Evaluative mediation uses much more of a hands-on, than hands-off approach. In evaluative mediation, the mediator will frequently offer suggestions and recommendations. These suggestions and recommendations will be based on her history of similar cases, her understanding of the law, her experience with these issues and the particular judge’s inclination to rule in a certain manner. The evaluative mediator will often share with the parties the strengths and weaknesses of their respective cases.
Because evaluative mediation is often conducted in separate rooms, each party will generally not hear the strengths and weaknesses of the other party’s case. In this type of mediation, the parties can meet in the same room, but can also meet in separate rooms when needed. When attorneys are involved, this type of mediation is almost always used and the mediator will “shuttle” back and forth between the two rooms.
Pros to evaluative mediation: It’s a very effective type of mediation, especially with a well-experienced mediator. Most cases settle in this type of mediation.
Cons to evaluative mediation: No real cons to this type of mediation.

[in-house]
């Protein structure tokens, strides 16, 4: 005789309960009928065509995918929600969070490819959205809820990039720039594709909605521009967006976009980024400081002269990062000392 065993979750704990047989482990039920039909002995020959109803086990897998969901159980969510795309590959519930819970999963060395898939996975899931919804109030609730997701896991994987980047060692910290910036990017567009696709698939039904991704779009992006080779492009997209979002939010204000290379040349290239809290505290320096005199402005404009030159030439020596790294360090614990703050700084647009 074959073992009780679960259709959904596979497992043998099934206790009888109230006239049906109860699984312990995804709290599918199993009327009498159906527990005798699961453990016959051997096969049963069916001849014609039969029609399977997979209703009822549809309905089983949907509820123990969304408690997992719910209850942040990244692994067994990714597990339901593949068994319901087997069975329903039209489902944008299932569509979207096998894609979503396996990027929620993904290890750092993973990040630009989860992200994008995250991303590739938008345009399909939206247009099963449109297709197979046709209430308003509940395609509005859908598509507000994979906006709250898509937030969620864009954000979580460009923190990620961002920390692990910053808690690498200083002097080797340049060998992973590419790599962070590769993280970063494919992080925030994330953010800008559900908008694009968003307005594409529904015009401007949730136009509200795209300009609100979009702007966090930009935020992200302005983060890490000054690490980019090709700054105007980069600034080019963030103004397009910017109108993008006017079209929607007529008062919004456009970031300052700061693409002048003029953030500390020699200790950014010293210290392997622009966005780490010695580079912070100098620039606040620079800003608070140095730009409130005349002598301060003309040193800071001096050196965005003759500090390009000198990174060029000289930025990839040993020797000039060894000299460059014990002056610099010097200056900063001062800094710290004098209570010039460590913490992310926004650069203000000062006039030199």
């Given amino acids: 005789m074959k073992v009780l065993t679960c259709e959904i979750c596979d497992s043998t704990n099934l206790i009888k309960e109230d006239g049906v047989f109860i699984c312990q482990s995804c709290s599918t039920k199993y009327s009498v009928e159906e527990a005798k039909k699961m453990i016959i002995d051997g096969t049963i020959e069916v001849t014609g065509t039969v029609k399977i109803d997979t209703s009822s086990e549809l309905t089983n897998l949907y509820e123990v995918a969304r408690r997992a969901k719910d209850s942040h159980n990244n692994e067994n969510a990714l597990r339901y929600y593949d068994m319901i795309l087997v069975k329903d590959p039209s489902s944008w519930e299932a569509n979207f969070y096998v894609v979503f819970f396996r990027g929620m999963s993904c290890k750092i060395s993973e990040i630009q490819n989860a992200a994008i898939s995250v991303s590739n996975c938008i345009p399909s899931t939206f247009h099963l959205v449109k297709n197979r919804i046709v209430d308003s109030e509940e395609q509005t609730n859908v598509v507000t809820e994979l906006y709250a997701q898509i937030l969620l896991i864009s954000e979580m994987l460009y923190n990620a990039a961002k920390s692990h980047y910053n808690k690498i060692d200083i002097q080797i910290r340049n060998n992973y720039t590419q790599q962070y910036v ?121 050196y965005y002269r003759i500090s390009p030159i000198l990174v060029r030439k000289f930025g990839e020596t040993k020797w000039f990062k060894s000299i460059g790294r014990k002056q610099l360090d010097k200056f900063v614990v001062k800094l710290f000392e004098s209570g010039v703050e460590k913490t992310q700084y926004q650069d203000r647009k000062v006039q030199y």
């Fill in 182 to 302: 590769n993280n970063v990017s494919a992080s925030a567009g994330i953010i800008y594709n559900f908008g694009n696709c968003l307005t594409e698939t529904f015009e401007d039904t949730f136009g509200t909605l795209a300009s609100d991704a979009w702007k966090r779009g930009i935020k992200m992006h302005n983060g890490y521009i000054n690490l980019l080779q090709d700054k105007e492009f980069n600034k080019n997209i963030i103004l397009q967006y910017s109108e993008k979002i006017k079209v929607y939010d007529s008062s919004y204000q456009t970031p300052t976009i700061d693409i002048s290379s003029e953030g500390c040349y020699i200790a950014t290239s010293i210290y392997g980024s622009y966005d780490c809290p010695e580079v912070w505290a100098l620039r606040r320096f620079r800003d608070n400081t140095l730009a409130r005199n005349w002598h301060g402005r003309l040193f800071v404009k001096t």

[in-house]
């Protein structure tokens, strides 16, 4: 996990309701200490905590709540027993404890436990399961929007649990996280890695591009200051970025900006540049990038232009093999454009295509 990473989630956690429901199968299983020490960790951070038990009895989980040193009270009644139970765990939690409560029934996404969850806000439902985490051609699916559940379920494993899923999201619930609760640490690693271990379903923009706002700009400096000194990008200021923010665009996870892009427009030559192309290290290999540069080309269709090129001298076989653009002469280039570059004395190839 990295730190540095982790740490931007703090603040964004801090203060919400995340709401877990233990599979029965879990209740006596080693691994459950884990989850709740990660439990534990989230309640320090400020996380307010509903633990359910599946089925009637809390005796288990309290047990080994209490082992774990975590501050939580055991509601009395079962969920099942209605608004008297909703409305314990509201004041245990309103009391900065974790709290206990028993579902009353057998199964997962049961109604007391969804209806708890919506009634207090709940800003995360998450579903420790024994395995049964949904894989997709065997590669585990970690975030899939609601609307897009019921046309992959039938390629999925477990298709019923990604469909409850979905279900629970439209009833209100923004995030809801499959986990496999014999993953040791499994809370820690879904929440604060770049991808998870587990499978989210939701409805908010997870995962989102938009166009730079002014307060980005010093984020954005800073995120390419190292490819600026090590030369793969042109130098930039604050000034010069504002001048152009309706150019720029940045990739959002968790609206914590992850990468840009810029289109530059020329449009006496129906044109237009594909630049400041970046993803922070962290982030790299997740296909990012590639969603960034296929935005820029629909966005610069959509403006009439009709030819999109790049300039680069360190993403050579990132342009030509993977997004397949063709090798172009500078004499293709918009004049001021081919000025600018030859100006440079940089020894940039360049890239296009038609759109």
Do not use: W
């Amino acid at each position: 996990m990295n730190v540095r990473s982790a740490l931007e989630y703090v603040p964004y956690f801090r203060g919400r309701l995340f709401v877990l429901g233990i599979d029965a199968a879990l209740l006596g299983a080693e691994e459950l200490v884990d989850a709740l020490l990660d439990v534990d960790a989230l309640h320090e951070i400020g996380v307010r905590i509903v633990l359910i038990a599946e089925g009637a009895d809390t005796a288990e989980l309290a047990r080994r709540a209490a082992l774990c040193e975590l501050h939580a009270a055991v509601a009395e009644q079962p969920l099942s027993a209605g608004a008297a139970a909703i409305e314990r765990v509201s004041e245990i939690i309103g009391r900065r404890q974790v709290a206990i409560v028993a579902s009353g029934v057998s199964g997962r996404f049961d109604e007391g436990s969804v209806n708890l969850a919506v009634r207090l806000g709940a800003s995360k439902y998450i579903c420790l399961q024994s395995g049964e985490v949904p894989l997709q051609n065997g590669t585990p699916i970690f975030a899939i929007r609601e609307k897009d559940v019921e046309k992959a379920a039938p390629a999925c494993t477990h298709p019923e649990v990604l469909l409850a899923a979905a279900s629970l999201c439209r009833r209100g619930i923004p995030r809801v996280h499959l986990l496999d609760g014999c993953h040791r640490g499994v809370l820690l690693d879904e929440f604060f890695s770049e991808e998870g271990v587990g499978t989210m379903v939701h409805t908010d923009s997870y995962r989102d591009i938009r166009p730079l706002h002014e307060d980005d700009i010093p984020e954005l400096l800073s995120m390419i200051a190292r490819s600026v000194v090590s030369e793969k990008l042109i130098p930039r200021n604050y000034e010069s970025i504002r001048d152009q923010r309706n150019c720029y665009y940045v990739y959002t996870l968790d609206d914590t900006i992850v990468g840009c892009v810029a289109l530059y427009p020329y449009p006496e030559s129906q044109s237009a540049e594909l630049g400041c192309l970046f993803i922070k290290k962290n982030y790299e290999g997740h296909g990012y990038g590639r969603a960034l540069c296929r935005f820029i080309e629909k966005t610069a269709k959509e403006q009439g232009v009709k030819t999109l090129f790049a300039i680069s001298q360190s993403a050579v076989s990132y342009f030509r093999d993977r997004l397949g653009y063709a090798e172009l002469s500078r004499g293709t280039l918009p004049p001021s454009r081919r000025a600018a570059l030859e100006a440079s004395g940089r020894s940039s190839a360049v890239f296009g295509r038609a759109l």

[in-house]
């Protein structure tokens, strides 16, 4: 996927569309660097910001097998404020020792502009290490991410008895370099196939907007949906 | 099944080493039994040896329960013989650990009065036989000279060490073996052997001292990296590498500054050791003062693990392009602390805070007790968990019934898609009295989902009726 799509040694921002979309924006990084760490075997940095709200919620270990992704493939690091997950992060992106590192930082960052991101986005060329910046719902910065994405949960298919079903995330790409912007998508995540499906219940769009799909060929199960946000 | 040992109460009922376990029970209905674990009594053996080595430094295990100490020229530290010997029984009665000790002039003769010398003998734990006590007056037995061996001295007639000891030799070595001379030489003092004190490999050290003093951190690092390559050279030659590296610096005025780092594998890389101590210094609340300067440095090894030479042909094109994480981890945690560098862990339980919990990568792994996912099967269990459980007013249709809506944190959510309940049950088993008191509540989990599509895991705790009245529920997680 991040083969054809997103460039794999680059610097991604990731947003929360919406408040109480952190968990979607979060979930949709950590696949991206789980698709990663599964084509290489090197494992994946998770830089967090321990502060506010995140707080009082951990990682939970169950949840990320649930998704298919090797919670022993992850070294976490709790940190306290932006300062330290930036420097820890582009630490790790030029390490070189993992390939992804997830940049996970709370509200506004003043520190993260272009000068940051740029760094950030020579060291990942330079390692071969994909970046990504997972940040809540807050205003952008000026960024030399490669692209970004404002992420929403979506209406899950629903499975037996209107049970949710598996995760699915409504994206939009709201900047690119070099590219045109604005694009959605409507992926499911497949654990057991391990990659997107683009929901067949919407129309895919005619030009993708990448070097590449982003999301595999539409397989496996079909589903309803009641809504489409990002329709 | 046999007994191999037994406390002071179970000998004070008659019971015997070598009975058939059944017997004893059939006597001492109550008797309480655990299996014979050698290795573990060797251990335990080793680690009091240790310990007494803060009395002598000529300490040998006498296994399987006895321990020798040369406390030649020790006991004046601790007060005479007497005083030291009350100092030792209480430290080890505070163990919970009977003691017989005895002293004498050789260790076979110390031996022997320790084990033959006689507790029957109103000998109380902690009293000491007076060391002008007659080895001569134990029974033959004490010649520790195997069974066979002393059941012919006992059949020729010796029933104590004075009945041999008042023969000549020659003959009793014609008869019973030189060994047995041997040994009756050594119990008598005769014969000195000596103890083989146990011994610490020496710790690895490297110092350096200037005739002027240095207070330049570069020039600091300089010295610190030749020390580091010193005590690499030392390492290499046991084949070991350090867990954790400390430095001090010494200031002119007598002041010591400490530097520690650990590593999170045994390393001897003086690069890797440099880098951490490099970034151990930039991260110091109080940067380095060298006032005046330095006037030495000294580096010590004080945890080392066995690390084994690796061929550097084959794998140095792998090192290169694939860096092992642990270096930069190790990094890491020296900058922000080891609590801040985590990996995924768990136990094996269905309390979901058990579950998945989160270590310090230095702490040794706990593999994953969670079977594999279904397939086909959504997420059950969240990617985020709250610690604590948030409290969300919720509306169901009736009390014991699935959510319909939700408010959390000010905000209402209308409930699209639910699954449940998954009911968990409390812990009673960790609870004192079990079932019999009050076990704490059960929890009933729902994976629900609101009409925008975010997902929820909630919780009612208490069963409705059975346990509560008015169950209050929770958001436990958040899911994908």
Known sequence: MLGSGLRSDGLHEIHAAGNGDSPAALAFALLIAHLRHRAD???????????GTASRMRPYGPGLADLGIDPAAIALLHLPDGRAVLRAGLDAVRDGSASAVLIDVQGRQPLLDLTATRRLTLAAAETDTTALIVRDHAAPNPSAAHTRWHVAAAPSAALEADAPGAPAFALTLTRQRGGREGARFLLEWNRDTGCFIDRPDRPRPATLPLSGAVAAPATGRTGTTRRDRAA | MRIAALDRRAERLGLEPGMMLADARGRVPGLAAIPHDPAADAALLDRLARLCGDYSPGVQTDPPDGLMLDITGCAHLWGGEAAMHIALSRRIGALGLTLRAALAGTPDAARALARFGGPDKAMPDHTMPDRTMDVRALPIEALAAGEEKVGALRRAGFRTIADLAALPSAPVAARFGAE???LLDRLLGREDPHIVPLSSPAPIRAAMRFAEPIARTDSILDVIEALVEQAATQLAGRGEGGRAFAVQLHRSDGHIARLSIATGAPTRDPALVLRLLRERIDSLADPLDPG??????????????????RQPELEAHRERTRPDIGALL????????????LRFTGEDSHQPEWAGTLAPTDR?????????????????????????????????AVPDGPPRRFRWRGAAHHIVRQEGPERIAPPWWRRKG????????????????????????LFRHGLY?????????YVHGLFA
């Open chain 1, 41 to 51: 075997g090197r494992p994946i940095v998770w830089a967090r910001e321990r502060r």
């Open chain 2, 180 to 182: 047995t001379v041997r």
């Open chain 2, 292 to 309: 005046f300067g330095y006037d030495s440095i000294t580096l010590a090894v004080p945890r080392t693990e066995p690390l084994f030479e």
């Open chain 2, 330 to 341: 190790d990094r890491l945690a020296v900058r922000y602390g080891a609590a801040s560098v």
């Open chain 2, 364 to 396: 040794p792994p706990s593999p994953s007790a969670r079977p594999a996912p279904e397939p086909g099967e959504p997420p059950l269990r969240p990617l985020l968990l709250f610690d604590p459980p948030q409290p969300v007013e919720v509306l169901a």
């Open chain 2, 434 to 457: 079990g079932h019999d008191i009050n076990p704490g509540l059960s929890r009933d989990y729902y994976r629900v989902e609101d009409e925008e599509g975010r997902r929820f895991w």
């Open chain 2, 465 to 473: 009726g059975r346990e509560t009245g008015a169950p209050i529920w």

We use a combination of all three types of mediation. When attorneys are not involved, we rely most heavily on facilitative mediation with some transformative mediation. This allows the parties to reach their own form of agreement, while also teaching and empowering the parties.
When attorneys are involved in the process, we tend to rely more heavily on the evaluative type of mediation, discussing with the parties and their attorneys the strengths and weaknesses of their respective arguments.
We encourage parties to discuss the mediation types with us when you have your initial consultation. Many people feel disadvantaged when entering mediation. Ask questions before and during the mediation. We will not advocate for either party during a mediation, but we will always answer questions.
Ask questions. If you don’t know your rights pertaining to alimony, ask questions like, “How does the court calculate alimony?” If you are unclear about your rights pertaining to child custody, you might ask “How does the court resolve child custody disputes?” If you don’t know how the courts will divide your property, ask that question. As your mediator, we do not represent you and therefore, we cannot advise you. We cannot tell you what you should do, but we can certainly tell you what the court could do under certain circumstances.
Do your research. Google searches may not provide you with information on New Mexico laws, but it will educate you. Look up New Mexico laws and statutes. Go to www.nmcourts.gov and you will find information and forms. By reviewing forms, you will begin to understand what is expected of you and what your rights may be.
Bring documents. Documents help the mediator ascertain the incomes, assets and liabilities of the parties. Even if you don’t know the other’s party’s income, bring documentation of your own income which will encourage further exchange of documents. Bring tax returns, copies of bills and bank statements.